"The Kneeler [constellation "Hercules"]. Eratosthenes [C3rd BC] says he is Hercules, placed above the Draco (Dragon) we have already mentioned, and prepared to fight, with his left hand holding his lion skin, and his right the club. He is trying to kill the dragon of the Hesperides, which, it is thought, never was overcome by sleep or closed its eyes, thus offering more proof it was placed there as a guard. Panyassis [Greek epic poet C5th B.C.] in the Heraclea says of the sign that Jupiter [Zeus], in admiration of their struggle, placed it among the stars; for the Draco has its head erect, and Hercules, resting on his right knee, tires to crush the right side of its head with his left foot. His right hand is up and striking, his left extended with the lion skin, and he appears to be fighting with all his strength."

Ovid, Metamorphoses 4. 642 ff (trans. Melville) (Roman epic C1st B.C. to C1st A.D.) :

"The giant [Atlas] recalled the oracle which Themis Parnasia had given : ‘Atlas, a time shall come when from your tree the gold shall be despoiled, and of that spoil a son of Jove [Zeus] shall boast.’ In fear he had walled his orchards all around with massive ramparts and for guardian set an enormous Draco (Dragon); and drove off all strangers from the borders of his realm."

Ovid, Metamorphoses 9. 190 ff :

"Your [Herakles] valour secured . . . the apples guarded by the Unsleeping Dragon (Draco Insomnis)."

Virgil, Aeneid 4. 480 (trans. Fairclough) (Roman epic C1st B.C.) :

"Near Oceanus' bound and the setting sun lies Aethiopia (Ethiopia), farthest of lands, where mightiest Atlas on this shoulders turns the sphere, inset with gleaming stars. Thence a priestess of Massylian race . . . warden of the fane of the Hesperides, who gave dainties to the dragon and guarded the sacred bows on the tree, sprinkling dewy honey and slumberous poppies."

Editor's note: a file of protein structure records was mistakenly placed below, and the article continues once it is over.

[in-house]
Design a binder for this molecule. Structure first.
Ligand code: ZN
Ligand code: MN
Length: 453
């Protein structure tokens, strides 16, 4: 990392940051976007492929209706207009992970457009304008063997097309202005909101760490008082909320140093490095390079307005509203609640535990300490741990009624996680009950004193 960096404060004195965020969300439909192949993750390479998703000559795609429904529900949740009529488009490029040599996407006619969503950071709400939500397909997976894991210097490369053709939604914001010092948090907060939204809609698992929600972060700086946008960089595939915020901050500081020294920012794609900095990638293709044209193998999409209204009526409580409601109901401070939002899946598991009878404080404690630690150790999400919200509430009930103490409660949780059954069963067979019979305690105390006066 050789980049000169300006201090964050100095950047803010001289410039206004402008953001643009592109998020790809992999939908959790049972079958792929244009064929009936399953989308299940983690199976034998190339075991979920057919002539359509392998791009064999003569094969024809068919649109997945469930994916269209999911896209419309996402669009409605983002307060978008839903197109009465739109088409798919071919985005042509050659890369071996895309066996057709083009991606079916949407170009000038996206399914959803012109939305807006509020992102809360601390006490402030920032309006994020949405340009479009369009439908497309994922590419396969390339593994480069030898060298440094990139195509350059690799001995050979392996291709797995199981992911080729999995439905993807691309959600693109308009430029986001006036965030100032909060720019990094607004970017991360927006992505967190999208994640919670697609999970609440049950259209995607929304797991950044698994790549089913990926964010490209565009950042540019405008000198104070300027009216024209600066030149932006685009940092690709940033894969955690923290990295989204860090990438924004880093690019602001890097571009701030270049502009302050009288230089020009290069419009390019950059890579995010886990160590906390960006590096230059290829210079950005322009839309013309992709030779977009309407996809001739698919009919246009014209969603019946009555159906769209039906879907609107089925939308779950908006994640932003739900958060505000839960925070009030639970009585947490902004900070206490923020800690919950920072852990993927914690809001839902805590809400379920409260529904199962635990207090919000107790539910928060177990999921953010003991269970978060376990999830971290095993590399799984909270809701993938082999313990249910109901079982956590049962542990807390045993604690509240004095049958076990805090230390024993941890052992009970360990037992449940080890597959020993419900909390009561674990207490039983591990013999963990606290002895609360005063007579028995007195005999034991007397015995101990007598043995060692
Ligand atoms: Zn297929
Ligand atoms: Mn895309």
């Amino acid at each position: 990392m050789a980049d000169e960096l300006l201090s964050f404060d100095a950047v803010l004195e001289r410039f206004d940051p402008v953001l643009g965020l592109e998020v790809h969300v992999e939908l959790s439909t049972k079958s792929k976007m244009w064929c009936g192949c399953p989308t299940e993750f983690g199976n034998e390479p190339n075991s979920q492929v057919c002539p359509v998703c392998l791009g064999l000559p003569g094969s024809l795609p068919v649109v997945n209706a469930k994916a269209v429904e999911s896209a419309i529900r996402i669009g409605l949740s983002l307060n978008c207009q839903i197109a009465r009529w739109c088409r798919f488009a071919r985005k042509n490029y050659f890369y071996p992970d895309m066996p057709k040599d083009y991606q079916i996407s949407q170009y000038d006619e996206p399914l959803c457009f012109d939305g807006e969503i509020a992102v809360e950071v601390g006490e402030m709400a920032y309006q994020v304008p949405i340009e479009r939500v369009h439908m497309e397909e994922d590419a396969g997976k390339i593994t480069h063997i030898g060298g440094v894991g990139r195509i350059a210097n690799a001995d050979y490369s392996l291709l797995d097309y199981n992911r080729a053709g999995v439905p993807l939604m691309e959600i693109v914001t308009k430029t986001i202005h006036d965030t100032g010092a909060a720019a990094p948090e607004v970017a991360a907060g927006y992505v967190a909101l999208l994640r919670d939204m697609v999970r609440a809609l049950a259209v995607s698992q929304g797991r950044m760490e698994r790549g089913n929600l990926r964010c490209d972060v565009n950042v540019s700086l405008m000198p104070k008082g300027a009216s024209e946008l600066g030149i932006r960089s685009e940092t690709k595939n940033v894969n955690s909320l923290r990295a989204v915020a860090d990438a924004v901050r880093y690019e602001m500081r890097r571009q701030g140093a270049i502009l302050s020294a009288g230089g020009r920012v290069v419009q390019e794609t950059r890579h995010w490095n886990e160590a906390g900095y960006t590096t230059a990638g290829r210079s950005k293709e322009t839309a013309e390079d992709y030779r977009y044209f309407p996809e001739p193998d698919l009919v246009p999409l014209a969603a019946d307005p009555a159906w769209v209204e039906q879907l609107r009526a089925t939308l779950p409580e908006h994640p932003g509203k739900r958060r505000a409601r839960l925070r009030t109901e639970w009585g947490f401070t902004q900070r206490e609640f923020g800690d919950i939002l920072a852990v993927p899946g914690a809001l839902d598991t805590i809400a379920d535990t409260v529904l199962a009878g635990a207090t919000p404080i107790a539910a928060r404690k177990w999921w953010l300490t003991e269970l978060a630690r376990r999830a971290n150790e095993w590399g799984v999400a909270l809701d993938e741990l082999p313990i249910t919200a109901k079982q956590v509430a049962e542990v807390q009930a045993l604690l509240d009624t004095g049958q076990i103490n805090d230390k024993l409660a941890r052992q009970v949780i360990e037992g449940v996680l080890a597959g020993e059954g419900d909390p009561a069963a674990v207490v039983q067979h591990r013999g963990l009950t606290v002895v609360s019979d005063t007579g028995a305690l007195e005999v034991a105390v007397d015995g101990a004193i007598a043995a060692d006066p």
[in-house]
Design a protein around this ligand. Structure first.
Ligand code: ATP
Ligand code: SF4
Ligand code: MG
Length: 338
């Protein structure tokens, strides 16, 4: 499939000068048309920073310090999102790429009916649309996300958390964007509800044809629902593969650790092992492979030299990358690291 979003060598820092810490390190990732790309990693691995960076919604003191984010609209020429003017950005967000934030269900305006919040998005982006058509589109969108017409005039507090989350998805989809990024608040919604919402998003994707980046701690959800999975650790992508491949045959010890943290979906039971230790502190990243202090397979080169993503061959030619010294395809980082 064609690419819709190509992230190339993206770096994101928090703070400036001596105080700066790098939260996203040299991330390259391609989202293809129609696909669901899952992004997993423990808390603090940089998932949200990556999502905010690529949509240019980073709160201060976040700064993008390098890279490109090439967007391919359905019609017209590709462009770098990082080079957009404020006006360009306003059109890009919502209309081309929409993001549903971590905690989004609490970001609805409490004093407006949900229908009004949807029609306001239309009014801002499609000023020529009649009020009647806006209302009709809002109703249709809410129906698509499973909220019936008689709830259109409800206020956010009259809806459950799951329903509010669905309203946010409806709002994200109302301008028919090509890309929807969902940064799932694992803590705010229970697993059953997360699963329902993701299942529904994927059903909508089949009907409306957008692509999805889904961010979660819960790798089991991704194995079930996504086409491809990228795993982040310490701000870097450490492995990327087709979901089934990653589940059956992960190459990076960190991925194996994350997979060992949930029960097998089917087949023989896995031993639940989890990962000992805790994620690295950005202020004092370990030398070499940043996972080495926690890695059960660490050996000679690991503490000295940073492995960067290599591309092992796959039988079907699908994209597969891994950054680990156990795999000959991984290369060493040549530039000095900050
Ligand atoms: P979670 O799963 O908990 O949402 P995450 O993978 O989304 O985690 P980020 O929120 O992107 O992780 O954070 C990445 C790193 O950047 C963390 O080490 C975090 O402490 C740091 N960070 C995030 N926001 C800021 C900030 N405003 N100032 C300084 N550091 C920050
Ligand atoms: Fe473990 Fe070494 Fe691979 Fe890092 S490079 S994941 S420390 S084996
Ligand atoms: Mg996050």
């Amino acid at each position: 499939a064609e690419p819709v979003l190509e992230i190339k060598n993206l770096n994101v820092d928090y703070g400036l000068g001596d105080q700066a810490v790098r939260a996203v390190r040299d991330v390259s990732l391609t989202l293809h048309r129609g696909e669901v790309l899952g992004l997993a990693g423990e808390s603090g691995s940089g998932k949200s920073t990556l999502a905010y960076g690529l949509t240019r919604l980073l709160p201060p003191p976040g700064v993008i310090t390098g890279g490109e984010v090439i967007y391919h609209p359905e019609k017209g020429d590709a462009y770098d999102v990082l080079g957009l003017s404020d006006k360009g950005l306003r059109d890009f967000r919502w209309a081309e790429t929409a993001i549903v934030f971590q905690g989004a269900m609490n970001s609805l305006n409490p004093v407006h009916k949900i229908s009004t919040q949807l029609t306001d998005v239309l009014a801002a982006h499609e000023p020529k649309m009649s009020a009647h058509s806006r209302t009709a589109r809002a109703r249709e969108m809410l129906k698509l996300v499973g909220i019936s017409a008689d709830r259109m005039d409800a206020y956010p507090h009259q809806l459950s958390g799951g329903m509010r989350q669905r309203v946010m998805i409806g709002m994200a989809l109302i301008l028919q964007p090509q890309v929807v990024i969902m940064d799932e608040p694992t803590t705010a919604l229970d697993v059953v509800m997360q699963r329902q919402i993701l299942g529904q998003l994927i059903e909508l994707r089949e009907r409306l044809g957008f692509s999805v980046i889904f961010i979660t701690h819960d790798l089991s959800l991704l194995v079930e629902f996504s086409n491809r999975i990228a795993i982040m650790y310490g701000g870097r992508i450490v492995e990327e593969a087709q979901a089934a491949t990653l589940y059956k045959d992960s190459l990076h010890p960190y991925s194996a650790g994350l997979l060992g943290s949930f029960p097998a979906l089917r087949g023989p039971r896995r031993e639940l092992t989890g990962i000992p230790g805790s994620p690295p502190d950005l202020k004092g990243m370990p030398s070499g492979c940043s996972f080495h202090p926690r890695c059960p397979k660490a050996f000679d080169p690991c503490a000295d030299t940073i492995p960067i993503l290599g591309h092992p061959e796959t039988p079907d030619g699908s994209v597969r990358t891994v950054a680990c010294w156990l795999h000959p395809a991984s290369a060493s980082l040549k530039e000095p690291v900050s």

Propertius, Elegies 2. 248 (trans. Goold) (Roman elegy C1st B.C.) :

"Let him fetch the apples from the Dracon (Dragon) of the Hesperides."

Seneca, Hercules Furens 239 ff (trans. Miller) (Roman tragedy C1st A.D.) :

"[The labours of Herakles :] Next he essayed the rich grove's dwellings [of the Hesperides] and bore off the watchful dragon's golden spoil."

Seneca, Hercules Furens 526 ff :

"Let Alcmena's son [Herakles] in endless wars employ on monsters the hand that bore the heavens . . . let him bring back the apples from the cheated sisters [the Hesperides] when the Draco (Dragon), set to watch over the precious fruit, has given his ever-waking eyes to sleep.”

Seneca, Medea 700 ff :

"[The witch Medea casts a spell to summon poisonous snakes invoking the names of the greatest of the Drakones (Dragons) :] ‘Hither let that serpent [the Hesperian Dragon, constellation Draco] descend which lies like a vast rushing stream, whose huge folds the two beasts feel, the greater and the less . . . In answer to my incantations let Python come . . . Let Hydra return . . . Thou, too, ever-watchful dragon [of the Golden Fleece].’"


(Additional) References

Argonautica, Book IV.

Hesiod. Theogony, 333.

Bibliotheke 2.113; Hyginus, Preface to Fabulae.

Recorded in his New History V, lost but epitomized in Photius, Myriobiblion 190.

Pausanias. Description of Greece, 6.19.8.

Diodorus Siculus, 4.26.2.


Hesiod, Theogony - Greek Epic C8th - 7th B.C.

Aristophanes, Frogs - Greek Comedy C5th - 4th B.C.

Plato, Ion - Greek Philosophy C4th B.C.

Apollodorus, The Library - Greek Mythography C2nd A.D.

Apollonius Rhodius, The Argonautica - Greek Epic C3rd B.C.

Aratus, Phaenomena - Greek Astronomy C3rd B.C.

Diodorus Siculus, The Library of History - Greek History C1st B.C.

Pausanias, Description of Greece - Greek Travelogue C2nd A.D.

Philostratus the Elder, Imagines - Greek Rhetoric C3rd A.D.

Ptolemy Hephaestion, New History - Greek Mythography C1st - 2nd A.D.

Quintus Smyrnaeus, Fall of Troy - Greek Epic C4th A.D.


Hyginus, Fabulae - Latin Mythography C2nd A.D.

Hyginus, Astronomica - Latin Mythography C2nd A.D.

Ovid, Metamorphoses - Latin Epic C1st B.C. - C1st A.D.

Propertius, Elegies - Latin Elegy C1st B.C.

Seneca, Hercules Furens - Latin Tragedy C1st A.D.

Seneca, Medea - Latin Tragedy C1st A.D.

"Greek Legends and Myths"